“There is a crucial need for an understanding of how class background changes female students’ experiences of university”

Developments in feminist theory and practice over the last few decades mean we can look back on Cambridge’s early feminists with a critical eye, while still appreciating the passion and commitment they showed in the fight for gender equality. An intersectional perspective highlights the danger of women’s issues being appropriated by middle and upper class women who risk ignoring or tokenizing the issues which disproportionately affect working class women. Feminism at our University must not be alienating to working class students. Just as other groups of marginalised female and non-binary students including those who identify as BME, LGBT+ and disabled merit their own representative on Womcam, so do those from working class backgrounds.

A recent Varsity article drew attention to the disproportionately high rents paid by students at Newnham, Murray Edwards and Lucy Cavendish, Cambridge’s three female-only colleges. The burden of high rents has more of an impact on lower income students at these colleges than their more privileged counterparts, demonstrating the crucial need for an understanding of how class background changes female students’ experiences of university.

However, concern about high rent is only one of the numerous factors that impact the lives of working class female students in Cambridge. When considering the burdens faced by lower income students, issues pertaining to money are often the first to spring to mind. However, this is a simplistic understanding of class, blind to the cultural and social factors that are inextricable from people’s lived experiences. To fail to see this is to obscure the daily effects of institutionalised sexism and elitism shouldered by working class female students. Coming to Cambridge from an all-girls private school where feminism and empowerment were valued and ingrained in students is a vastly different experience to that of many female students from less privileged backgrounds.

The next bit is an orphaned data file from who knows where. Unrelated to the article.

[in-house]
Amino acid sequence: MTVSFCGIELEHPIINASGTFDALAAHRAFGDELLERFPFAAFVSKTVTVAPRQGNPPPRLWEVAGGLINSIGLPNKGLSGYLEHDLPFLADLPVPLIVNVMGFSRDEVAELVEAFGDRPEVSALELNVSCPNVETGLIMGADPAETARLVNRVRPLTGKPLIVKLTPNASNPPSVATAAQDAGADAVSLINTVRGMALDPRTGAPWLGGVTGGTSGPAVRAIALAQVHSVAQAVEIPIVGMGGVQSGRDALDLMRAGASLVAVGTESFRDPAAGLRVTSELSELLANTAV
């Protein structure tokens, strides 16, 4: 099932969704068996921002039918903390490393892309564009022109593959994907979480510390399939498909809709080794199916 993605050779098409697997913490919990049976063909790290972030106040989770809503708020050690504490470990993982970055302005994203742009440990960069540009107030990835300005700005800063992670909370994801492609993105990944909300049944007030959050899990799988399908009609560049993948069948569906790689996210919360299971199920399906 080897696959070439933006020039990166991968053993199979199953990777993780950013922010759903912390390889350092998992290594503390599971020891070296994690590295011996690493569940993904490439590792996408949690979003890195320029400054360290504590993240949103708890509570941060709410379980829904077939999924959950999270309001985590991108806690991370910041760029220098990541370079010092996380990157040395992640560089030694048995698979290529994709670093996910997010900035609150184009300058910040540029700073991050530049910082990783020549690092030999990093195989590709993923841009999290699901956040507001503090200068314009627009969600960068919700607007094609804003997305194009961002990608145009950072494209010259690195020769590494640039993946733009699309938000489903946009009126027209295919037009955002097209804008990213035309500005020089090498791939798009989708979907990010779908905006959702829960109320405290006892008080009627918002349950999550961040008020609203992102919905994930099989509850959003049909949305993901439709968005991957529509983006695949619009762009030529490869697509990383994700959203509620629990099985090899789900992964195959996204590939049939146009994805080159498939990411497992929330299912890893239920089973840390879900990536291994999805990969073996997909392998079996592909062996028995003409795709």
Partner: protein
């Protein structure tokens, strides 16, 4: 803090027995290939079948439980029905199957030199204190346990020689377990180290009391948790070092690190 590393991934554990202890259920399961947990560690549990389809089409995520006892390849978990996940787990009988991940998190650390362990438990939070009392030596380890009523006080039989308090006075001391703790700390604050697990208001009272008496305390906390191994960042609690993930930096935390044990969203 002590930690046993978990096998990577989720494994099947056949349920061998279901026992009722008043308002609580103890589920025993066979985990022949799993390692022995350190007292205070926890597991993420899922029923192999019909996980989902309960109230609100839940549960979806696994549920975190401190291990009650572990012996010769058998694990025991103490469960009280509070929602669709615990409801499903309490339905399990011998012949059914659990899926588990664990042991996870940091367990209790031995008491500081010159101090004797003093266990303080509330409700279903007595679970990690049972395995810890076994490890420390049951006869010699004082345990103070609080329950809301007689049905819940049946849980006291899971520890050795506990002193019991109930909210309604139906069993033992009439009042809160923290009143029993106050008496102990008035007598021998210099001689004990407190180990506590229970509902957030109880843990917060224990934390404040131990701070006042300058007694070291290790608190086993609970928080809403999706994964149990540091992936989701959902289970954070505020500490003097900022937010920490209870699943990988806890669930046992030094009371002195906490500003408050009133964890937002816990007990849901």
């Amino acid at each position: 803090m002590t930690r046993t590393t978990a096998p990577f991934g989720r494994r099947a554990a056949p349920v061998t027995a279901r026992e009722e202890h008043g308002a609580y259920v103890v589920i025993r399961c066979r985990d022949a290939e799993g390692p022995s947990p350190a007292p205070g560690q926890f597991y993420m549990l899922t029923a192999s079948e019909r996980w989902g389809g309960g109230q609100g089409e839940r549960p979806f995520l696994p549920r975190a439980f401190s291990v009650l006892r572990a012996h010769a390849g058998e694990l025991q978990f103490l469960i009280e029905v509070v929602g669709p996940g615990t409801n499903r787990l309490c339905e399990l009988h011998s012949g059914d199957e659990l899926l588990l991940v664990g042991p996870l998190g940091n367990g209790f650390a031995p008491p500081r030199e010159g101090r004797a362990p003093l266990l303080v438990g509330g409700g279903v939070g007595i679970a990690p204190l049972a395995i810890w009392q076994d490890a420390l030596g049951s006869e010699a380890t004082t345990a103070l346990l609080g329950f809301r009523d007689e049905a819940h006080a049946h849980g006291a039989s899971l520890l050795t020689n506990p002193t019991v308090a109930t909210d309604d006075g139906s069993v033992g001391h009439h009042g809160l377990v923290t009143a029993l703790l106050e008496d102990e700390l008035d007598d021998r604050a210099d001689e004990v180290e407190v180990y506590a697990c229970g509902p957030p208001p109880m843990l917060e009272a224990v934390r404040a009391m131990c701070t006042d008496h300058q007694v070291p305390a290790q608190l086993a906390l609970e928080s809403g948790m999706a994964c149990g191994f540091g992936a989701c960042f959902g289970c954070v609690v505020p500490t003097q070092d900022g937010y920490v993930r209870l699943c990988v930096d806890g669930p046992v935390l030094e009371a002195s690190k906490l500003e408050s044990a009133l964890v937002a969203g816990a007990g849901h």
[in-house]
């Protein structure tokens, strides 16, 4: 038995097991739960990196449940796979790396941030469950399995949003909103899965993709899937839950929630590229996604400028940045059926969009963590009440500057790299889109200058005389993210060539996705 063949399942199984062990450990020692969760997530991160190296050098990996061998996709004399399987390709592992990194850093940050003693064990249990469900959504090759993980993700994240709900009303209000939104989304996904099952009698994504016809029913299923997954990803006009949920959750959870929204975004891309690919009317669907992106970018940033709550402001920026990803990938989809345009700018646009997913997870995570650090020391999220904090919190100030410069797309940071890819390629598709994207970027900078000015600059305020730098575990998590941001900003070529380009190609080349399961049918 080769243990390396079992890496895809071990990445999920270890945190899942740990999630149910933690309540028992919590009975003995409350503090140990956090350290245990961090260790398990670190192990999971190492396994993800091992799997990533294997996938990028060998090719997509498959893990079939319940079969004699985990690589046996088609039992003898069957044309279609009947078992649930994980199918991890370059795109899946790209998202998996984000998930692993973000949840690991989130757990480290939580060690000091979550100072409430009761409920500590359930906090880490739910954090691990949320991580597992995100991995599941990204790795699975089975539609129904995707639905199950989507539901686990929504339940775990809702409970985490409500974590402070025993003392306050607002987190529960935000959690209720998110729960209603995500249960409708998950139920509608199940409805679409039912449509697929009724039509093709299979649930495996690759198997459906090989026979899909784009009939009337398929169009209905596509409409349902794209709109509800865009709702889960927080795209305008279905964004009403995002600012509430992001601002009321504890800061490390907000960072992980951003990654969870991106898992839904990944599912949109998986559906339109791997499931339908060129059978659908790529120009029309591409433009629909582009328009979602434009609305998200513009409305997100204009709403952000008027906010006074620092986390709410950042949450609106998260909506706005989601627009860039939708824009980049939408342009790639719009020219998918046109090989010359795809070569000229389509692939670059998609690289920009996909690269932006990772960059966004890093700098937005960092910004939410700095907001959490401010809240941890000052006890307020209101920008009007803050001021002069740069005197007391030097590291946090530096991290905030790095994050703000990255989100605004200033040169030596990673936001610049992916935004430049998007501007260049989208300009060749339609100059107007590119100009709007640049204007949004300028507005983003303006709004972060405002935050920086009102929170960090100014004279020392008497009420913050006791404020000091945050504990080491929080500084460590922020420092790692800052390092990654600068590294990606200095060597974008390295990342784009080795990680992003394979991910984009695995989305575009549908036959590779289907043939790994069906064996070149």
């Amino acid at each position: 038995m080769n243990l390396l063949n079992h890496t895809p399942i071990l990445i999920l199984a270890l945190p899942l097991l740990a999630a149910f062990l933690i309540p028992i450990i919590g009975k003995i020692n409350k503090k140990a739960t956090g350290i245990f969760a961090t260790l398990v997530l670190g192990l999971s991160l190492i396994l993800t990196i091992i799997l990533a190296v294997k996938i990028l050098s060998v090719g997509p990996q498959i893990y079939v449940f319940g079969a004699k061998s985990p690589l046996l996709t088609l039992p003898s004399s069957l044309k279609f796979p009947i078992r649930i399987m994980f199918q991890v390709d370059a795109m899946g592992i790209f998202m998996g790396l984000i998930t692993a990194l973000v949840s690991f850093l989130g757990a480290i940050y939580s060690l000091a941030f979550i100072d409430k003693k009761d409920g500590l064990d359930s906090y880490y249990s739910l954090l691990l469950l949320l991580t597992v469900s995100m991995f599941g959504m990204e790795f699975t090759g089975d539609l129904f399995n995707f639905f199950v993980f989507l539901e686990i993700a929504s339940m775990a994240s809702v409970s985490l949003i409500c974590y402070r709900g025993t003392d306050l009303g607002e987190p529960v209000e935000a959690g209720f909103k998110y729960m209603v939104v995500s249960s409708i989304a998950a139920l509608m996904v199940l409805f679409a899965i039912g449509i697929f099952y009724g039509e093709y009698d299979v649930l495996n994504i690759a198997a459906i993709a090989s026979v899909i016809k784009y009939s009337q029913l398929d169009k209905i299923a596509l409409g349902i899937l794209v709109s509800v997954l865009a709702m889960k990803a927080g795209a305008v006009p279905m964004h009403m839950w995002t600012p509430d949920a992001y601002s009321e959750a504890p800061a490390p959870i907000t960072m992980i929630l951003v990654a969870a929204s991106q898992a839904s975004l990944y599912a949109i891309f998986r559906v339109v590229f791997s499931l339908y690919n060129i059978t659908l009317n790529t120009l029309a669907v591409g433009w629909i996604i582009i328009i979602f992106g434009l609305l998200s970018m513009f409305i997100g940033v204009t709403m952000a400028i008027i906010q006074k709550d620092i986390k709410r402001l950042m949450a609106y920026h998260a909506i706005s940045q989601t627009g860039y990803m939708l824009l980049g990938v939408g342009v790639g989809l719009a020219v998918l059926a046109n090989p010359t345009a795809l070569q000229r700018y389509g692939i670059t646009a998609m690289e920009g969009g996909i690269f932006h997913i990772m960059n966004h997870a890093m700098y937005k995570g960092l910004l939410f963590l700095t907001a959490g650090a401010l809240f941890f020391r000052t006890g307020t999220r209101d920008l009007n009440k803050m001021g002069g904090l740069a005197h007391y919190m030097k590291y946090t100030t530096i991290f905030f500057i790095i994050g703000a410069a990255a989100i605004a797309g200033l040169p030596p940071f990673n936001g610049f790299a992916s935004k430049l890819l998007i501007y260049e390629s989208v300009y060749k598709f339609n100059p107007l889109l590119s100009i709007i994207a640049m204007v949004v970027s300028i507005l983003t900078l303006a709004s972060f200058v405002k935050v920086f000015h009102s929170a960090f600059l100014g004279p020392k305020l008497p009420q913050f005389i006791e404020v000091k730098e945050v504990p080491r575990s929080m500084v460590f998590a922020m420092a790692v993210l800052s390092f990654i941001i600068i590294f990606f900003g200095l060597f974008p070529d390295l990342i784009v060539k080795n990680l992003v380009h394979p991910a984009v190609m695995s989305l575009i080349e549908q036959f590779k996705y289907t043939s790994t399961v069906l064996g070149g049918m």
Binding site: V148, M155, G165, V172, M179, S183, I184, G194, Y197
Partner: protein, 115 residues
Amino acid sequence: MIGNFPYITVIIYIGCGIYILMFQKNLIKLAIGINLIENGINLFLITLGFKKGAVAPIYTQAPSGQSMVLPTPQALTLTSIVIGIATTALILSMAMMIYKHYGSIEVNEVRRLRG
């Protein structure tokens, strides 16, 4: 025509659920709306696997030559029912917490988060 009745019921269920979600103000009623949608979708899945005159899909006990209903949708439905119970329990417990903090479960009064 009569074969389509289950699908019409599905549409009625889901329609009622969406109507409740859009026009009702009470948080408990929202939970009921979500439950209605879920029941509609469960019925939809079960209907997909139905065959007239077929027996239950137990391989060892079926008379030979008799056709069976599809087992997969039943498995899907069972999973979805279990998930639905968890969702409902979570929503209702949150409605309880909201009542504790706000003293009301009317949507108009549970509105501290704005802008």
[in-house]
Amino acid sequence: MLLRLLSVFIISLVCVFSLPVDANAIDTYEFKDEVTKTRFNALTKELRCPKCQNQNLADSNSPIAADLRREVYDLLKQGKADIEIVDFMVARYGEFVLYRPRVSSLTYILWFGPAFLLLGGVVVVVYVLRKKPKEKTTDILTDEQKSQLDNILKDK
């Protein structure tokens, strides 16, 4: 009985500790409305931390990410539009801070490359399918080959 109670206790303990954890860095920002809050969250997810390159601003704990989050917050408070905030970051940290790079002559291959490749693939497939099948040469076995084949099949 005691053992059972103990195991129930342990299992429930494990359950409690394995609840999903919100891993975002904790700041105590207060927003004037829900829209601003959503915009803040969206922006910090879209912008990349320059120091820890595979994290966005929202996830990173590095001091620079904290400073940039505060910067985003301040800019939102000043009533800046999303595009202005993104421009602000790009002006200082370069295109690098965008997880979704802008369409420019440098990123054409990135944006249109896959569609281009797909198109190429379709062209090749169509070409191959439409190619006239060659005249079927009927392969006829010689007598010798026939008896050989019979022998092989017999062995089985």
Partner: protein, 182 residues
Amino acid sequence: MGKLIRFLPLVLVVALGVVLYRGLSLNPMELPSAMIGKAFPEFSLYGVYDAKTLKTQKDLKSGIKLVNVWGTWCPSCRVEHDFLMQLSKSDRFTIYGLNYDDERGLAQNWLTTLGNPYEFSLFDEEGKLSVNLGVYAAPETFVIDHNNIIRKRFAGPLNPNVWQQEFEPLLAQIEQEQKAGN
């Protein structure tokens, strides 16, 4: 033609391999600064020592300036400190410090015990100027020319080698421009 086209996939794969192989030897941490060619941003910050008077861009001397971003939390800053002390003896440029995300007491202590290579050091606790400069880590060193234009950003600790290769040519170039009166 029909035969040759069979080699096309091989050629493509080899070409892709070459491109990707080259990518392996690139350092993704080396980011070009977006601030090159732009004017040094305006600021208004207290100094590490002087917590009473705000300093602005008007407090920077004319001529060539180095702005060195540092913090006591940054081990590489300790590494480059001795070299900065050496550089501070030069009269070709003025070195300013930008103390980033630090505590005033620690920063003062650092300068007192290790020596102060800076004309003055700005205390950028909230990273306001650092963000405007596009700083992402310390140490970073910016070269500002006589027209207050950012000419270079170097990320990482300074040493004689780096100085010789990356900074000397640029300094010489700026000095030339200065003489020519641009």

Suffice to say, experiences of social class at Cambridge are influenced by far more than just bank balance. Uncomfortable experiences grow not only from a disparity of wealth with peers but also from a disparity of cultural capital. The elitism inherent to Cambridge, an institution with a long standing history as a wealthy enclave, is perpetuated in attitudes which position working class culture as somehow inferior. Womcam must actively work to counter the feelings of exclusion and discomfort that stem from working class students’ encounters with these pervasive attitudes by providing an essential network of solidarity and support.


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One anonymous opinion from a recent survey conducted by the women’s officer on the Class Act campaign captured the need for a class representative on Womcam in a nutshell, saying that this officer “would prioritise representation of students who come from a nontraditional background, ensuring they are a part of a conversation which includes and values their experiences”.

The unique nature of the struggles faced by working class women merit a representative for them on Womcam. Next term’s executive committee elections will no doubt demonstrate students’ passion for continuing the tradition of dismantling the structures and countering the practices which continue to inhibit the experiences of female and non-binary Cambridge students. Channelling part of this passion towards bettering the experiences of current and future working class students through the creation of a class representative role must be a priority.